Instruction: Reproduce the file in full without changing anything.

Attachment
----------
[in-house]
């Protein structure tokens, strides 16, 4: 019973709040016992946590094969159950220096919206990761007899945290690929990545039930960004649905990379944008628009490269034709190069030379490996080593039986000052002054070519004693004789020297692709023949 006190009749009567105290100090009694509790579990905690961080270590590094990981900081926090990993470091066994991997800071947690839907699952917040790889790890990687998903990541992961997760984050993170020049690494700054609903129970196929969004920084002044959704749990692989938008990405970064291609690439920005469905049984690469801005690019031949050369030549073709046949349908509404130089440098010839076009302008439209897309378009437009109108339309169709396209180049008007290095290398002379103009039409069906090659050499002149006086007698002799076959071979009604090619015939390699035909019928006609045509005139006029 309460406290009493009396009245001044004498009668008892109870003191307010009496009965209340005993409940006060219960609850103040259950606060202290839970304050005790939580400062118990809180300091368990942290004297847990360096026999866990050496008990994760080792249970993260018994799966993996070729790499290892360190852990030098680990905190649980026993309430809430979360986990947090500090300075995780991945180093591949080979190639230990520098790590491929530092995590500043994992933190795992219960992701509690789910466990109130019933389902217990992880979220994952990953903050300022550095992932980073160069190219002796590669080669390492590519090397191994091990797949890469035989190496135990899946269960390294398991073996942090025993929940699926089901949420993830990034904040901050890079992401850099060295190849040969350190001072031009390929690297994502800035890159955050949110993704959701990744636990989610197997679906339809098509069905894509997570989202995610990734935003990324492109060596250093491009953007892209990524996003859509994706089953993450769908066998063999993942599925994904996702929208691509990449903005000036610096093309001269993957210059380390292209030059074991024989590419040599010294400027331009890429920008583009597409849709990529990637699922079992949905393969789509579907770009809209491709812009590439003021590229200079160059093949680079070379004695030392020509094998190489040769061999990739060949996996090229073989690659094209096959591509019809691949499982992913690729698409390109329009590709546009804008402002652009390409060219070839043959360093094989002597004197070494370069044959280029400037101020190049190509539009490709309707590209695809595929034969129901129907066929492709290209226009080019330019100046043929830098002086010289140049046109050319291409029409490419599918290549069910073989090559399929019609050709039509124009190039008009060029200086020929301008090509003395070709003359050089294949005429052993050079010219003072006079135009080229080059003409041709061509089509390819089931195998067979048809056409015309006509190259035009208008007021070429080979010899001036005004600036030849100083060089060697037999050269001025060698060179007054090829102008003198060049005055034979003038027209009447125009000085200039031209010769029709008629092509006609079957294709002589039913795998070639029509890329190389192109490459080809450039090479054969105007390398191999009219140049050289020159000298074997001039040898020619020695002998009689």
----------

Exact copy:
[in-house]
């Protein structure tokens, strides 16, 4: 019973709040016992946590094969159950220096919206990761007899945290690929990545039930960004649905990379944008628009490269034709190069030379490996080593039986000052002054070519004693004789020297692709023949 006190009749009567105290100090009694509790579990905690961080270590590094990981900081926090990993470091066994991997800071947690839907699952917040790889790890990687998903990541992961997760984050993170020049690494700054609903129970196929969004920084002044959704749990692989938008990405970064291609690439920005469905049984690469801005690019031949050369030549073709046949349908509404130089440098010839076009302008439209897309378009437009109108339309169709396209180049008007290095290398002379103009039409069906090659050499002149006086007698002799076959071979009604090619015939390699035909019928006609045509005139006029 309460406290009493009396009245001044004498009668008892109870003191307010009496009965209340005993409940006060219960609850103040259950606060202290839970304050005790939580400062118990809180300091368990942290004297847990360096026999866990050496008990994760080792249970993260018994799966993996070729790499290892360190852990030098680990905190649980026993309430809430979360986990947090500090300075995780991945180093591949080979190639230990520098790590491929530092995590500043994992933190795992219960992701509690789910466990109130019933389902217990992880979220994952990953903050300022550095992932980073160069190219002796590669080669390492590519090397191994091990797949890469035989190496135990899946269960390294398991073996942090025993929940699926089901949420993830990034904040901050890079992401850099060295190849040969350190001072031009390929690297994502800035890159955050949110993704959701990744636990989610197997679906339809098509069905894509997570989202995610990734935003990324492109060596250093491009953007892209990524996003859509994706089953993450769908066998063999993942599925994904996702929208691509990449903005000036610096093309001269993957210059380390292209030059074991024989590419040599010294400027331009890429920008583009597409849709990529990637699922079992949905393969789509579907770009809209491709812009590439003021590229200079160059093949680079070379004695030392020509094998190489040769061999990739060949996996090229073989690659094209096959591509019809691949499982992913690729698409390109329009590709546009804008402002652009390409060219070839043959360093094989002597004197070494370069044959280029400037101020190049190509539009490709309707590209695809595929034969129901129907066929492709290209226009080019330019100046043929830098002086010289140049046109050319291409029409490419599918290549069910073989090559399929019609050709039509124009190039008009060029200086020929301008090509003395070709003359050089294949005429052993050079010219003072006079135009080229080059003409041709061509089509390819089931195998067979048809056409015309006509190259035009208008007021070429080979010899001036005004600036030849100083060089060697037999050269001025060698060179007054090829102008003198060049005055034979003038027209009447125009000085200039031209010769029709008629092509006609079957294709002589039913795998070639029509890329190389192109490459080809450039090479054969105007390398191999009219140049050289020159000298074997001039040898020619020695002998009689």